Today, all sides of the conflict are more heavily armed than ever. Some northern tribes have long relied on weapons to assert their dominance over other resource-rich areas, but now, for the first time, the Southern Resistance movement’s armed contingent is armed to the teeth. The number of weapons on both sides will complicate the effort to assemble transitional military councils. Even so, the Houthis have indicated that they may be willing to comply with the Saud-led coalition’s demands that they relinquish the weapons they seized from the state. Meanwhile, with each passing day of the war, President Abd Rabboh Mansour Hadi’s legitimacy has been damaged more. So far, no consensus candidate has emerged as a viable replacement.

A Regional Debate

Yemen’s challenges reach beyond its borders. For the GCC as a whole, the top priority in the Yemeni conflict is to keep the instability confined in Yemen. How best to do that, however, remains a subject of debate behind closed doors between Saudi Arabia and the United Arab Emirates, the two most powerful GCC actors in Yemen. Moving forward, their competing ideas could further undermine Yemen’s stability.

Though the United Arab Emirates and Saudi Arabia are united in the fight against the Houthi rebels and former President Ali Abdullah Saleh’s loyalists, they historically have supported different factions in Yemen. In the late 1970s, Saudi Arabia began funding mosques and madrasas in northern Yemen to propagate the Wahhabist ideology that Saudi Arabia’s Muslim scholars have long espoused. Years of migration to Saudi Arabia, mostly from North Yemen, helped enshrine these philosophies in the social mores of many Yemenis. On the other hand, the United Arab Emirates has long supported southern Yemen. UAE history runs parallel to that of South Yemen: The British colonized and relinquished control of both territories at around the same time. Compared with Saudi Arabia, which wants Yemen to remain a single country, the United Arab Emirates is more open to southern secession.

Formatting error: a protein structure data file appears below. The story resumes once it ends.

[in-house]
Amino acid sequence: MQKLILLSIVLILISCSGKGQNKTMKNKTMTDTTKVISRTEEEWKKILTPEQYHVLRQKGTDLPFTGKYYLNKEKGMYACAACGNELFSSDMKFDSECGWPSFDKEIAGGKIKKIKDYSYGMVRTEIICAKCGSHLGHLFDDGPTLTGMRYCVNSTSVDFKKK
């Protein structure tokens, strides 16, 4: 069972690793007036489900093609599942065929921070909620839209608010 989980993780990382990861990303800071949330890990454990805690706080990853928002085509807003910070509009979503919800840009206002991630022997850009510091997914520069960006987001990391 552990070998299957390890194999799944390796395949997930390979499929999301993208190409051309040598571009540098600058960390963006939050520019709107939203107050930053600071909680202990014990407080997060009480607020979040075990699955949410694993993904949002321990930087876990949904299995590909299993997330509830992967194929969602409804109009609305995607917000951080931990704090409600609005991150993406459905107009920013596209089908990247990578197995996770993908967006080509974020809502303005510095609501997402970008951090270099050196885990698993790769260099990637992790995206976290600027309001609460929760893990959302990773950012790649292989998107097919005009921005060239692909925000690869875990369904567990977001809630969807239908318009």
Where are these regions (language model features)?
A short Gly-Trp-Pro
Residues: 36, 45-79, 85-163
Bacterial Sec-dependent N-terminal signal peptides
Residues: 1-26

In June, the chairman of one of southern Yemen’s many secessionist coalitions unveiled a plan for a transitional council strikingly similar to the one that existed in the People’s Democratic Republic of Yemen during the 1980s. In addition, he noted that a southern army had formed, likely a reference to the proliferation of Southern Resistance fighters, the armed component of a broad range of more peaceful secessionist supporters, including the Hirak movement.

Notwithstanding these claims, southern secession is unlikely unless a prominent leader emerges to unite the disparate strands of the Southern Resistance and Hirak. Already, Saudi Arabia has warned Ali Salem al-Beidh, the last president of South Yemen and an active leader in the Southern Resistance movement, to stop his efforts to incite secessionist sentiment among southern Yemenis. Even the UAE government, which is more tolerant of the southern secessionist movement, has recently tried to distance itself from al-Beidh (though the United Arab Emirates still provides safe harbor for former Vice President Khaled Bahah, who remains popular in southern Yemen). Secession is a dangerous notion for war-torn Yemen, and the United Arab Emirates will continue to advocate a more self-determined south only if it can be achieved without jeopardizing regional security.

Although the war in Yemen appears to be winding down, finding a viable power structure for the country remains a significant obstacle. As it has in the past, allocation of resources and power will continue to follow the familiar lines of region, religion and external backing.